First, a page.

Passing valves, dampers not modulating, overrides, mechanical and programming issues – he’s seen it all – and in this session, Eric Ewing, Senior Efficiency Analyst for a HVAC AI solution, applies real-life building scenarios to demonstrate practical data tips every facility operator can use to identify energy waste and turn data into dollars. Eric will also provide an overview of how AI can automate a control strategy to proactively control and reduce time, money and energy.


Eric Ewing
Senior Efficiency Analyst
Ecopilot Canada/USA

Eric Ewing is a Senior Efficiency Analyst for Ecopilot Canada/USA, playing an active role on the technical team managing installs, integrations and technical analysis for Ecopilot projects. With a background in electrical technology and commissioning building automation systems with Johnson Controls, he is passionate about maximizing the potential in each building to reduce its energy consumption and carbon footprint.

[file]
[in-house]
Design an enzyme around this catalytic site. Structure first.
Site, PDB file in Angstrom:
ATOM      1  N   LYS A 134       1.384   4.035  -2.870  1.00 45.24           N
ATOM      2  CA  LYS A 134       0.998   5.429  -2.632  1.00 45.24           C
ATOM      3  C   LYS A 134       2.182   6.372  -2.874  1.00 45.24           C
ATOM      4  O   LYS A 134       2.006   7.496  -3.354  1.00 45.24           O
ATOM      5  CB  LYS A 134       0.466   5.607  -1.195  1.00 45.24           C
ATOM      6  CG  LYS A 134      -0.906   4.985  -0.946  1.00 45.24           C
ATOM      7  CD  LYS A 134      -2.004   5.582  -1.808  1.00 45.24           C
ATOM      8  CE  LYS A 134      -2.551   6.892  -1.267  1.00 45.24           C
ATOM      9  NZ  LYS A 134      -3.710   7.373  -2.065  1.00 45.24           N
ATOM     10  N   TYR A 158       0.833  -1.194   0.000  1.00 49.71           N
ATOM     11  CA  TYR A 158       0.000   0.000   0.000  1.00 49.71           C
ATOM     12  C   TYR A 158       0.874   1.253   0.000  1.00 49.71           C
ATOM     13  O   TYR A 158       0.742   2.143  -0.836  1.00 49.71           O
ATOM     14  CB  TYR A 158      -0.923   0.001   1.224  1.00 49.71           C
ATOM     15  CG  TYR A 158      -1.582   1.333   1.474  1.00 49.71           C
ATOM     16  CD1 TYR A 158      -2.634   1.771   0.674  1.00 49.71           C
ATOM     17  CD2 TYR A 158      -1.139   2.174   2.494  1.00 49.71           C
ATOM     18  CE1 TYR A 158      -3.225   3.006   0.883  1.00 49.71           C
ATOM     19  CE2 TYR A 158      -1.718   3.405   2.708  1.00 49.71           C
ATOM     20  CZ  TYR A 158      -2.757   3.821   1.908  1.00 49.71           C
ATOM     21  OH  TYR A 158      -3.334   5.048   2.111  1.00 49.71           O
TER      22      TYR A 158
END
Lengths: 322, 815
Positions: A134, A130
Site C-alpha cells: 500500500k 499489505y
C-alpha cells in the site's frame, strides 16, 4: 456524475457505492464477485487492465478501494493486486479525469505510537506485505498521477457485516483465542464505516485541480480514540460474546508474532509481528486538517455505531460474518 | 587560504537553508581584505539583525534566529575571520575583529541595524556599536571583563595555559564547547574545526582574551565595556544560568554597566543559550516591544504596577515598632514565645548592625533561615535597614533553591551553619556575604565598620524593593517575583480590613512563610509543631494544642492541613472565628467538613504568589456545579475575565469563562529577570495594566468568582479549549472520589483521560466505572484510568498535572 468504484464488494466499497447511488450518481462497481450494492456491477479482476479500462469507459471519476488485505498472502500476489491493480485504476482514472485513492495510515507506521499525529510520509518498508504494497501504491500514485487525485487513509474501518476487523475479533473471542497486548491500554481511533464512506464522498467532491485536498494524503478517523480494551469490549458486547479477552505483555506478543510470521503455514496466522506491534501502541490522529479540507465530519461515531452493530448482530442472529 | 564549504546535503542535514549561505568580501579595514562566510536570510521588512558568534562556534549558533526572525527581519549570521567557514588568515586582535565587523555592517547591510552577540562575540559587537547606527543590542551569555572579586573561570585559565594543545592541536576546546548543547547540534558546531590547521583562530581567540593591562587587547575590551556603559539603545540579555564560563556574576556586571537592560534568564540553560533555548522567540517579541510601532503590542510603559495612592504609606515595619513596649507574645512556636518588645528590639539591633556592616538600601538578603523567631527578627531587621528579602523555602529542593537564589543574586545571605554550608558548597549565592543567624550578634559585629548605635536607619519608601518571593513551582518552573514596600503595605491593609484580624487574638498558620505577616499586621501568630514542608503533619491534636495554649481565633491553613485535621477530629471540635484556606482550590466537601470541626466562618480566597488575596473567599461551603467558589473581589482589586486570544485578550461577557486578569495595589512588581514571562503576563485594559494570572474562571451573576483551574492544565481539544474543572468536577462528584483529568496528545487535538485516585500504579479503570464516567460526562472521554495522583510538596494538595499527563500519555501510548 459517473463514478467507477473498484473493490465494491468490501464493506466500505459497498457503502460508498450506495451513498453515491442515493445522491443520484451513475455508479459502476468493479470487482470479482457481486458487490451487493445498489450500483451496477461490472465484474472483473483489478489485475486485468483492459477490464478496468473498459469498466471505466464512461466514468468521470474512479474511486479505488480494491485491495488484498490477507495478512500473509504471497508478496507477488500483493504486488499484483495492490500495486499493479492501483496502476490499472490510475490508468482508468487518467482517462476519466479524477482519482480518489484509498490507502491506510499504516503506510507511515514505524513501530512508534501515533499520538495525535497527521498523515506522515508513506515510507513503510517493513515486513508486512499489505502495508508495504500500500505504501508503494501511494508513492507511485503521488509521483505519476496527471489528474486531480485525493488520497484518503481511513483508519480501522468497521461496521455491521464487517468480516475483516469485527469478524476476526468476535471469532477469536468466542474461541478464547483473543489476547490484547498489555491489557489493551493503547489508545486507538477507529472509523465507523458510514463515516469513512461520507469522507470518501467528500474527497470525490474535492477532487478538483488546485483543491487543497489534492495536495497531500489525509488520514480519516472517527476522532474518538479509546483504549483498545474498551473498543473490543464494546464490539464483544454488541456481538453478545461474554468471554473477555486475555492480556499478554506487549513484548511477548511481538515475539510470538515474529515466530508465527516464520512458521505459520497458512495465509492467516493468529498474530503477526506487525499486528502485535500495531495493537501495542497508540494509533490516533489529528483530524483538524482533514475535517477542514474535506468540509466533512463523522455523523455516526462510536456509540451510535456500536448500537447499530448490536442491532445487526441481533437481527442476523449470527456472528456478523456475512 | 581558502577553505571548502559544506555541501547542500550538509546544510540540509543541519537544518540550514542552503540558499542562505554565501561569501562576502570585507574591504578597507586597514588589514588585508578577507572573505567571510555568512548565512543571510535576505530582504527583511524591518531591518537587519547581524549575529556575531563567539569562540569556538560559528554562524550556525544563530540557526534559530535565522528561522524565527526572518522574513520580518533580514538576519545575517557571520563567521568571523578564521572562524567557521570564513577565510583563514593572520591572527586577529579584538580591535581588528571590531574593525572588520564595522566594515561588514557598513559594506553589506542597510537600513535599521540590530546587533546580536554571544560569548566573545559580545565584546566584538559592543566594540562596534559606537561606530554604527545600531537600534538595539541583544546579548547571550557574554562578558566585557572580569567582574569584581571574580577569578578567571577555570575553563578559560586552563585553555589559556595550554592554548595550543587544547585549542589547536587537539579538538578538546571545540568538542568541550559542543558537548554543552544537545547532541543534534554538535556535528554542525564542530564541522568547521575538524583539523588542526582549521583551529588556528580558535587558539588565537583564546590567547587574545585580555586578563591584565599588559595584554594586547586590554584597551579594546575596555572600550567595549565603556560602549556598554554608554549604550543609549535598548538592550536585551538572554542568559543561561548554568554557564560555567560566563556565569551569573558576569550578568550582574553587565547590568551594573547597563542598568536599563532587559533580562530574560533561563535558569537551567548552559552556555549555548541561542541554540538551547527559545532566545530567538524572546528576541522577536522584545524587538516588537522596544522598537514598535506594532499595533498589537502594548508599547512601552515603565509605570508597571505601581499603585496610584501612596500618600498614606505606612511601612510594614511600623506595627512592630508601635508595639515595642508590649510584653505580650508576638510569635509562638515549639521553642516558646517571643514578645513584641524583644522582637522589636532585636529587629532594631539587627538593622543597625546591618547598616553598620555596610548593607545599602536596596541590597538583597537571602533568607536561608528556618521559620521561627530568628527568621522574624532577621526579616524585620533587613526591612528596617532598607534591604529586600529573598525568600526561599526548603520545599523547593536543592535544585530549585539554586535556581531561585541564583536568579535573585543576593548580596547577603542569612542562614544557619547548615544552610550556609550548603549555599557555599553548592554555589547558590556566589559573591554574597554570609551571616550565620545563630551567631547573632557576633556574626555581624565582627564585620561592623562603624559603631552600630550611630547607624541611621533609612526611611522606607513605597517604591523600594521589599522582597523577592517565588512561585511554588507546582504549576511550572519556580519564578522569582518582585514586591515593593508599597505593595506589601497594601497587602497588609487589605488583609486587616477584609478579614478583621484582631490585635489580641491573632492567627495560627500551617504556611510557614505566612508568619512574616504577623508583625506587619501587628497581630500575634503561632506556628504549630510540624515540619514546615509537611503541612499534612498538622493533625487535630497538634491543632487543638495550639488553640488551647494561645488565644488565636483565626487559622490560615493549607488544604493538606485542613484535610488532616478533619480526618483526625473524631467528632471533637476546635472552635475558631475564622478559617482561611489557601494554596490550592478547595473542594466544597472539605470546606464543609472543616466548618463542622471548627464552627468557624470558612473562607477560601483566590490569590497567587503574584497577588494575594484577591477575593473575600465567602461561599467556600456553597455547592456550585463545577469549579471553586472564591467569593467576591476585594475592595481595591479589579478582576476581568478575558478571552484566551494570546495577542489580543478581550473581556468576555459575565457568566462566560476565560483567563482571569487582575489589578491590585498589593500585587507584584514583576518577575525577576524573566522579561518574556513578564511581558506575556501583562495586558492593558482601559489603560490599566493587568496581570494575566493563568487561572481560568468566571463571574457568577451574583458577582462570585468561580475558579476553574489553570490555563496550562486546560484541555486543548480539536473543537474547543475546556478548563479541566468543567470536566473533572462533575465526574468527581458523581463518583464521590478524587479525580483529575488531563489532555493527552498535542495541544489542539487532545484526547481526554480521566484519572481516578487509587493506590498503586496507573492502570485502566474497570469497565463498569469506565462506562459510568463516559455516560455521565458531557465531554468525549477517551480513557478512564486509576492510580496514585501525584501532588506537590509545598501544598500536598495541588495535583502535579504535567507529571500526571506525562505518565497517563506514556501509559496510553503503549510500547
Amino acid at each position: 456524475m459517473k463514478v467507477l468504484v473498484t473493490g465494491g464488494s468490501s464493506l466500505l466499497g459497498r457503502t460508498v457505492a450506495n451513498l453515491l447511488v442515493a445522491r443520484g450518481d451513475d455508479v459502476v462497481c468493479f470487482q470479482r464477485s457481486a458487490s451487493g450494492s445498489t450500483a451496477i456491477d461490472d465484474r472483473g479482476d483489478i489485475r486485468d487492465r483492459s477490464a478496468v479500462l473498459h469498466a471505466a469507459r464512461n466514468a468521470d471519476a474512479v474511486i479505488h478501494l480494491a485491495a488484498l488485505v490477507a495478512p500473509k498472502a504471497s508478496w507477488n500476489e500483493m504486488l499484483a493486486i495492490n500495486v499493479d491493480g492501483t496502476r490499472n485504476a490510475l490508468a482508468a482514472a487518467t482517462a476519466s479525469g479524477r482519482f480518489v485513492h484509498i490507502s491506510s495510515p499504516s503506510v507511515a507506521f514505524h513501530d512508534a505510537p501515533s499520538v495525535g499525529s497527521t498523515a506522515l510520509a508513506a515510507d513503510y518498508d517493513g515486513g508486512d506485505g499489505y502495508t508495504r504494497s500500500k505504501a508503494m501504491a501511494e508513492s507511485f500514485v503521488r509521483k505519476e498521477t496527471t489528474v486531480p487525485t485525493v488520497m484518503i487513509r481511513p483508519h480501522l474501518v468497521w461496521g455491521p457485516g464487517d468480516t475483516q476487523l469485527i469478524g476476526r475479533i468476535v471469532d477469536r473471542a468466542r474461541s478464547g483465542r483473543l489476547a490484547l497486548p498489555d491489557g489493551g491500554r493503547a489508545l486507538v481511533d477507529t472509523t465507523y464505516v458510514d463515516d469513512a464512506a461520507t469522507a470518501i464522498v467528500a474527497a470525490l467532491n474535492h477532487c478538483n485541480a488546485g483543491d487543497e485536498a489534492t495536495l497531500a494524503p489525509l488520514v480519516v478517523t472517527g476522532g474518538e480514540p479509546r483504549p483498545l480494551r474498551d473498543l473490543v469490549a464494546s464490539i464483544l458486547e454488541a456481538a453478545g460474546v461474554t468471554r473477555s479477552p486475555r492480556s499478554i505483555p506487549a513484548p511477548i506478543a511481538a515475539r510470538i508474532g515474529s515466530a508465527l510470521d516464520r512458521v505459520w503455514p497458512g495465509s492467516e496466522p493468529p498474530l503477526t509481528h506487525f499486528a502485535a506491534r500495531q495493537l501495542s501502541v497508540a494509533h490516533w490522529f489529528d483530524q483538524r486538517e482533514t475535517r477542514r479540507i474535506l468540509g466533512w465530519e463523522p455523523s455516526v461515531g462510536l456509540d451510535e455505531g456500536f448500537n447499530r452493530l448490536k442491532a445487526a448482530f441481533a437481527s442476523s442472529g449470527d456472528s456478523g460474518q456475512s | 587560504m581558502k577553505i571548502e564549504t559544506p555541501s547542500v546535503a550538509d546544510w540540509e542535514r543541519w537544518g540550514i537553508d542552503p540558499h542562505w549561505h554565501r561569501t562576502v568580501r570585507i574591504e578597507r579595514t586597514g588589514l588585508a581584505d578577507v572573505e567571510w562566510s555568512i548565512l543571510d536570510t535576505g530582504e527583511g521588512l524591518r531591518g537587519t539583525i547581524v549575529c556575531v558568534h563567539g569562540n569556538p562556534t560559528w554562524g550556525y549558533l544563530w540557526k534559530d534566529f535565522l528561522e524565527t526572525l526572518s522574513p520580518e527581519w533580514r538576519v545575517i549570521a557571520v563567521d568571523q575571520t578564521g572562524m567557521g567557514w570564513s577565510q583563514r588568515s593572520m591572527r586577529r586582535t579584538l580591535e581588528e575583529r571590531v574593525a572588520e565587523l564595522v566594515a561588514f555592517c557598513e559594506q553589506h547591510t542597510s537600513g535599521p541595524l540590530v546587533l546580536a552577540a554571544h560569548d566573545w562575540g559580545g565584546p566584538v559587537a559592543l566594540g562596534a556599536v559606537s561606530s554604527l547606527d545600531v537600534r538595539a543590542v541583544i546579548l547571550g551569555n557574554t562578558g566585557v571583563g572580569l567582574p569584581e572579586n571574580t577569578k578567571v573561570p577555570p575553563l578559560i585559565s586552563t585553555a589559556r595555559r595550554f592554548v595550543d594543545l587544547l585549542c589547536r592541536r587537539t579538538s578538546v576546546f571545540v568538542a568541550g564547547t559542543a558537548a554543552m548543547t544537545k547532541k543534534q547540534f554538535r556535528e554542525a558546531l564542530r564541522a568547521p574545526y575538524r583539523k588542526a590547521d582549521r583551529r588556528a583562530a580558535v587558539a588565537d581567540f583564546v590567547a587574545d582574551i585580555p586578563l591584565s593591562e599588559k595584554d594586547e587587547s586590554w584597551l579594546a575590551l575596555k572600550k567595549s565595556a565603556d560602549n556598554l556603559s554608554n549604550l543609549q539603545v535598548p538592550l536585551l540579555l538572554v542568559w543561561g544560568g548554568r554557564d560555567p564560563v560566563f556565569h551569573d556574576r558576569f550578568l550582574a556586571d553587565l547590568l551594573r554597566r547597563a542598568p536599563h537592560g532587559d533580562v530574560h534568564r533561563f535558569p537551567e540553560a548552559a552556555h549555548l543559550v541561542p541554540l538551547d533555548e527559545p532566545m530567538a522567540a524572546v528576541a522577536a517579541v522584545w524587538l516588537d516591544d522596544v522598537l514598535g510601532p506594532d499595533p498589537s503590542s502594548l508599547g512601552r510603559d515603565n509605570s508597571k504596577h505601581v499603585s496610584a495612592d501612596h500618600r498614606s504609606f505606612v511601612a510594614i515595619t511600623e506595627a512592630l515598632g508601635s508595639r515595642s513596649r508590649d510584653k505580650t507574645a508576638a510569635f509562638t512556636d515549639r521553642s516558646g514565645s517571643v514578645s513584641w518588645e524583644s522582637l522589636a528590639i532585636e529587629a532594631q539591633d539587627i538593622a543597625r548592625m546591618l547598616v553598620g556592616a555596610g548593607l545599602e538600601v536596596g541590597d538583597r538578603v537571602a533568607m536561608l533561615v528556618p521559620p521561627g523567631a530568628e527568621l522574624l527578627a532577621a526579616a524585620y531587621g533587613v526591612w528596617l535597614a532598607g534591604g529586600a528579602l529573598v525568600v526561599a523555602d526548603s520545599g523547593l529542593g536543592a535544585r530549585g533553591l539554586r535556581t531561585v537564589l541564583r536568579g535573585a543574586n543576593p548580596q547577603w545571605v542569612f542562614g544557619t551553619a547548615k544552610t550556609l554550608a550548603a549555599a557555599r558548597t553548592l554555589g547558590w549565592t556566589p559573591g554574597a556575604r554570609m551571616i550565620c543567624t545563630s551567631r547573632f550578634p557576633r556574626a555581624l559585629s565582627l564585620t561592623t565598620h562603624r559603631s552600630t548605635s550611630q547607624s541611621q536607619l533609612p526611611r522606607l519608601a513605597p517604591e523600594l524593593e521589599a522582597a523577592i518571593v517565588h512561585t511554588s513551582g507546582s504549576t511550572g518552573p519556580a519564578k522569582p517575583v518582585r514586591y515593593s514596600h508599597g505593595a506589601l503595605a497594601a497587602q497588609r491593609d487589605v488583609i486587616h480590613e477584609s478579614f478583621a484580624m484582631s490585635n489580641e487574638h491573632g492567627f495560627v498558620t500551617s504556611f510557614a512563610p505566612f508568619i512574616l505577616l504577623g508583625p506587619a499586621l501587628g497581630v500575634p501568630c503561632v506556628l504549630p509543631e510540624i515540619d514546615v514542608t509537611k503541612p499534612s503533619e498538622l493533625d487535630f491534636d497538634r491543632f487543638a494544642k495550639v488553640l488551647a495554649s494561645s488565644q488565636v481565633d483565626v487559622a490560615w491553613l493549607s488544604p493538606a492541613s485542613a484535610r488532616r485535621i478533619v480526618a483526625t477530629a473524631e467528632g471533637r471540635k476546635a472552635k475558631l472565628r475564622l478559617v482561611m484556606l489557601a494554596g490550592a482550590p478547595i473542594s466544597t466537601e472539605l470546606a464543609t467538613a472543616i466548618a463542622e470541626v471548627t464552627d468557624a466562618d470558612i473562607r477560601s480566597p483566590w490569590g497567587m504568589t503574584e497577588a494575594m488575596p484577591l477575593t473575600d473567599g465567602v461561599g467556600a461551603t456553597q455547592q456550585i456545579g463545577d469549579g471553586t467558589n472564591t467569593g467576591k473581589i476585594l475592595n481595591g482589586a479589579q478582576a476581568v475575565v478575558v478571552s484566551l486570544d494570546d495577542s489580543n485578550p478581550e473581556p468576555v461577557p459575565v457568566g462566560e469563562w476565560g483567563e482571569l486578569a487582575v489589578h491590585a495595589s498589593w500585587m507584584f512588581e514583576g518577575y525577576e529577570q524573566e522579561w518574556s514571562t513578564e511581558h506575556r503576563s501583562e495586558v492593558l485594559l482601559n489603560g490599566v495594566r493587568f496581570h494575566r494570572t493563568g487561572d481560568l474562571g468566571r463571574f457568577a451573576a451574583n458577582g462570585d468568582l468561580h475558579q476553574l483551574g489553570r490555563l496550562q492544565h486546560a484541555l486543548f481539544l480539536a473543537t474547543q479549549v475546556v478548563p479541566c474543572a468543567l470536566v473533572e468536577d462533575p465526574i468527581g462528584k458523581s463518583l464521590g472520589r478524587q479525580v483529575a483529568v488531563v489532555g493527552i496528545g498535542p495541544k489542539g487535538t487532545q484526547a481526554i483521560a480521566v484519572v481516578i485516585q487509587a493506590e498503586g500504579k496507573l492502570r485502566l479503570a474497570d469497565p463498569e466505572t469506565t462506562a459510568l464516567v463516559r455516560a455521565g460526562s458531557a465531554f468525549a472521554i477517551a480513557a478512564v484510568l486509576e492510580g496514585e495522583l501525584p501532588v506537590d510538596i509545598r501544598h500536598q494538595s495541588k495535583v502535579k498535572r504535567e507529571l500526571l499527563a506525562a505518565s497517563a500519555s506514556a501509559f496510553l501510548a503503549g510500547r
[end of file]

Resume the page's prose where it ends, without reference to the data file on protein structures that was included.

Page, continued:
In his current role, Eric works alongside BMS technicians to identify and implement Ecopilot’s AI solution to various types of mechanical systems. He also conducts analysis and energy reporting for clients to help provide recommendations on system improvements to provide further opportunities for better building efficiency.

Eric lives in Dartmouth with his wife, Madison, and dog, Sage.